OneDrive

New mass file deletion notifications in OneDrive for Business & SharePoint Online

In August 2018, Microsoft announced a new email notification feature for large file deletions that take place in SharePoint Online or OneDrive for Business. The feature proactively alerts users when an unusually large number of files are deleted in SharePoint Online or OneDrive for Business and outlines steps for restoring the files. Mass file deletion notifications is the latest in a series of features (including the recent SharePoint Online and OneDrive document library versioning changes) designed to reduce accidental data loss.

If a large number of files are deleted from a user’s OneDrive for Business account, the user will receive an email notification with instructions on how to restore their files from the recycle bin. Users that delete a large number of files from a SharePoint Online site will also receive an email notification with instructions on restoring those files.

The tricky part is determining how many files must be deleted before these automated notifications take place. According to Microsoft, “Notifications are sent to users when a higher than usual number of files are deleted per hour.” No additional information has been provided on how the ratio of file deletions is measured or what percentage increase in file deletions is enough to meet the notification threshold. As Microsoft calls out, “This is not to be considered a fail-safe file recovery solution – it is a continuation of best efforts we are making to protect your files from accidental loss.”

No configuration changes are required for enablement of this change–it will automatically deploy in your Office 365 tenant. Rollout of the mass delete notification feature has already begun for Targeted Release customers; standard release customers will start receiving the feature in late September. Government Community Cloud (GCC) Office 365 subscribers will not receive the feature.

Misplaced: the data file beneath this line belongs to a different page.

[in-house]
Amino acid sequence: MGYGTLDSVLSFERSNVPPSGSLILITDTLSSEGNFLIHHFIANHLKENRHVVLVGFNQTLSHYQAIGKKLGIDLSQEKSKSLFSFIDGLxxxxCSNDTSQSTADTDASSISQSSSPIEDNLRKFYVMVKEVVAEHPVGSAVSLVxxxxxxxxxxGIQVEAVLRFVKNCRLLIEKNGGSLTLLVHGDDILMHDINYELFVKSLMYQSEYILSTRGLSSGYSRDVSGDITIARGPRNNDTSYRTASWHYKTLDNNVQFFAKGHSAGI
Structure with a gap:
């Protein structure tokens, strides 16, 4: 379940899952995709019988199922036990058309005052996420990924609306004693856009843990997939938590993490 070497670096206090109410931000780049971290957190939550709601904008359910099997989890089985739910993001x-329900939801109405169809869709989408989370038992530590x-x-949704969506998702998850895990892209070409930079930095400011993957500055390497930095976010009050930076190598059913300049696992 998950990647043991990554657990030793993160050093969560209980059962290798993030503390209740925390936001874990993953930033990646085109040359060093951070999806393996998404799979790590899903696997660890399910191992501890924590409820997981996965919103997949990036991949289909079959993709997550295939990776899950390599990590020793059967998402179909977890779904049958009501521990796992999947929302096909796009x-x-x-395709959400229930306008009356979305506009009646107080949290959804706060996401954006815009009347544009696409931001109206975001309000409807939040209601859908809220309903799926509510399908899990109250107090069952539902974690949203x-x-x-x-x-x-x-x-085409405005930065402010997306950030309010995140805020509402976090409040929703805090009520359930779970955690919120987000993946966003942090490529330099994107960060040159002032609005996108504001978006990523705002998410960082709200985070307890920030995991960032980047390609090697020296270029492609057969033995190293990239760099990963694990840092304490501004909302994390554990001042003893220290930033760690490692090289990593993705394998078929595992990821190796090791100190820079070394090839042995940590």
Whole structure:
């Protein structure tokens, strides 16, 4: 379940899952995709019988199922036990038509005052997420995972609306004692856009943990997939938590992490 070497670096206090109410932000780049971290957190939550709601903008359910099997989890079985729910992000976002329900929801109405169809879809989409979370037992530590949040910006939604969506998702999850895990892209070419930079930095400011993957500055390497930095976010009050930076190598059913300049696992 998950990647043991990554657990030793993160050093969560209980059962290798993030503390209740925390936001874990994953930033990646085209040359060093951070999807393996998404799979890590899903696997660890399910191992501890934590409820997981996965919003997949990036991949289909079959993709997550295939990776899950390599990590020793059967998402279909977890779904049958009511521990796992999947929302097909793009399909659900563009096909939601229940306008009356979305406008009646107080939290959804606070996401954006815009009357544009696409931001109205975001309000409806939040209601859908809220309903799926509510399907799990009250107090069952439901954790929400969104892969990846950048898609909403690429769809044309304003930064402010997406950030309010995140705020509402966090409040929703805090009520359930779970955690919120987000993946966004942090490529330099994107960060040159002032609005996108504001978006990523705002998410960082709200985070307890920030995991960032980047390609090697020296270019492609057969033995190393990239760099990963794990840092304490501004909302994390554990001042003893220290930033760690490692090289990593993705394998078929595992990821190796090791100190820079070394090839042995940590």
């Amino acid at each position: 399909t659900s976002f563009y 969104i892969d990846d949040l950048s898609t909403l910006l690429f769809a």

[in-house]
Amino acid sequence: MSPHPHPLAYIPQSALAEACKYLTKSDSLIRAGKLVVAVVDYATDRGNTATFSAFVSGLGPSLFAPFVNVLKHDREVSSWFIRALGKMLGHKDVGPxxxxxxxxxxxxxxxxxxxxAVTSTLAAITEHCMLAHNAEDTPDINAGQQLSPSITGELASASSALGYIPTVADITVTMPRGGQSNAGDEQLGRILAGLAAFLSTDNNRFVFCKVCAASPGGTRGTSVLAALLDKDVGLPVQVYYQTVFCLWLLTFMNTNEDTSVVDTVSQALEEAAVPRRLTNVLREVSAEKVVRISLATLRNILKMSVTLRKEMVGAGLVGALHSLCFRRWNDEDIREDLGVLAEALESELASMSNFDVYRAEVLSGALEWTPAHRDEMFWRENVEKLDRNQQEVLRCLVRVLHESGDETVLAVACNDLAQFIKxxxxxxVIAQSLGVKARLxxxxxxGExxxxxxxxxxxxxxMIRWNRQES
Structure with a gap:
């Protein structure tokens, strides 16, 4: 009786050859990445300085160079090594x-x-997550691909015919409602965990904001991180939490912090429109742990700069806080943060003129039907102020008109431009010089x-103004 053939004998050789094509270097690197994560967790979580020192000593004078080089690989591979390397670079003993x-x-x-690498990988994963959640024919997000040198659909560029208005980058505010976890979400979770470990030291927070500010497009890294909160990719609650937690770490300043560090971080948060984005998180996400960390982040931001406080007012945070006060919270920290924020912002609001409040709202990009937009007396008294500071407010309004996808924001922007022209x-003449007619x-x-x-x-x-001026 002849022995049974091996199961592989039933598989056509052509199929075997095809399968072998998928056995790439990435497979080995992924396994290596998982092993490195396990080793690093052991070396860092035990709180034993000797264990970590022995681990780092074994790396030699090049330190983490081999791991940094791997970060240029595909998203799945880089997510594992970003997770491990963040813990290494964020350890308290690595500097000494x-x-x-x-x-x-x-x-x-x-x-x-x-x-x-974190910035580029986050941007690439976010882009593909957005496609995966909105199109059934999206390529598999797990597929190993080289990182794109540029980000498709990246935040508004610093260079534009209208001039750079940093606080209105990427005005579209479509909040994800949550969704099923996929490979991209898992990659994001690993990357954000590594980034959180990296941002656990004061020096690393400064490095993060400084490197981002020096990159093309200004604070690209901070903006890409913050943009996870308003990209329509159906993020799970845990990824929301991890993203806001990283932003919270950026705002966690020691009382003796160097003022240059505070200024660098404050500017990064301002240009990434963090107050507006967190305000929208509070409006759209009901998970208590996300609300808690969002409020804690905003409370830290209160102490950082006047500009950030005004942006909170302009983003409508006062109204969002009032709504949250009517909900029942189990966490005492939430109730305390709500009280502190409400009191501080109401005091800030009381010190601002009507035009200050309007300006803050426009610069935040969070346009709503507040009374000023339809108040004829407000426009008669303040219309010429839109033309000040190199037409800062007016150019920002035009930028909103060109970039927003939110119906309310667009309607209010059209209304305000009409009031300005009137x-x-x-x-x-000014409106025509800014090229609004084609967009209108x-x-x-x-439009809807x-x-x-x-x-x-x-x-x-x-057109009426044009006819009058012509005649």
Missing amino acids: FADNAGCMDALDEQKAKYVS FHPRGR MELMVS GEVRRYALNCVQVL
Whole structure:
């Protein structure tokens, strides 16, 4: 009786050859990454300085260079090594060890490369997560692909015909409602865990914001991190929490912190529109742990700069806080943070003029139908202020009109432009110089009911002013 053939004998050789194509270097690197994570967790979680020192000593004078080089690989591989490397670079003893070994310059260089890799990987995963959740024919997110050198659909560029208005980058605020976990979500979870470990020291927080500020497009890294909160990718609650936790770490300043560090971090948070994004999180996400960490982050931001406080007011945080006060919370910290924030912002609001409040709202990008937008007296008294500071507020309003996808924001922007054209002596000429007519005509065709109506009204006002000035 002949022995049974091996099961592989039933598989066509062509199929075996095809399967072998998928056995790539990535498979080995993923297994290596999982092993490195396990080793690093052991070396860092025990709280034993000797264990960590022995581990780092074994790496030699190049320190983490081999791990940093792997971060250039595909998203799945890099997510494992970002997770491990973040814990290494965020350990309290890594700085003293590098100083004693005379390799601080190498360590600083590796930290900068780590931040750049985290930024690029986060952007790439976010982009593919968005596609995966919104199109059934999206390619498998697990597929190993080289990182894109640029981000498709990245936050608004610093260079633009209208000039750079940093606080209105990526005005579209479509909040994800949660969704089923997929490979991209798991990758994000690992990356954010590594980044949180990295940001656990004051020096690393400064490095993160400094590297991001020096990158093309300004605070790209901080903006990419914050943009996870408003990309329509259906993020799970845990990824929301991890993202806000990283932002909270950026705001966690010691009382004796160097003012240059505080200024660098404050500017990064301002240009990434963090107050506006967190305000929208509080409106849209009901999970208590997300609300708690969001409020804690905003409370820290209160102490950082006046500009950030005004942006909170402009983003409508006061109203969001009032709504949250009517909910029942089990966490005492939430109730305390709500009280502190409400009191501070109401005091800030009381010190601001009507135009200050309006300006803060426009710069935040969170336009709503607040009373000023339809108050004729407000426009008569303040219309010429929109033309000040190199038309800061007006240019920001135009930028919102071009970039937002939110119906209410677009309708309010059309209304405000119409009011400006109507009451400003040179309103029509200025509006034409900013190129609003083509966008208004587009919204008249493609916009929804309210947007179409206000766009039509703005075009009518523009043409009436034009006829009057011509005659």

OneDrive for Business organic adoption metrics: What does good look like?

I’ve had several conversations recently about measuring organic adoption of OneDrive for Business. In an organic model, users are licensed for OneDrive but choose whether or not to adopt the platform. Since adoption is entirely voluntary, education campaigns and tracking of user analytics is vital. These analytics determine how widespread OneDrive usage has become, including its overall saturation in the organization. Companies with a directive OneDrive model have no need to measure saturation. In a directive model, usage of OneDrive is forced through the automated migration of shared drive content to OneDrive accounts or via the disablement of alternate storage locations. In either case, user saturation is at or near 100%.

So if you’re working with an organic OneDrive model, how do you determine when you’ve achieved successful adoption? A quick review of Microsoft’s OneDrive user analytics gives us a starting point. Using the Office 365 Admin Portal and the Adoption content pack, you can find:

  • The percentage of enabled (aka licensed) users that are active in OneDrive. Users are considered active if they store, share, sync, or edit files in OneDrive for Business.
  • The percentage of active users that return to OneDrive month over month. This metric illustrates active user loyalty, showing who keeps coming back to OneDrive over time.
  • The number of users that are active in OneDrive on a daily basis. Pay particular attention to your daily user trend line; it predicts whether you’re still on a path of growth.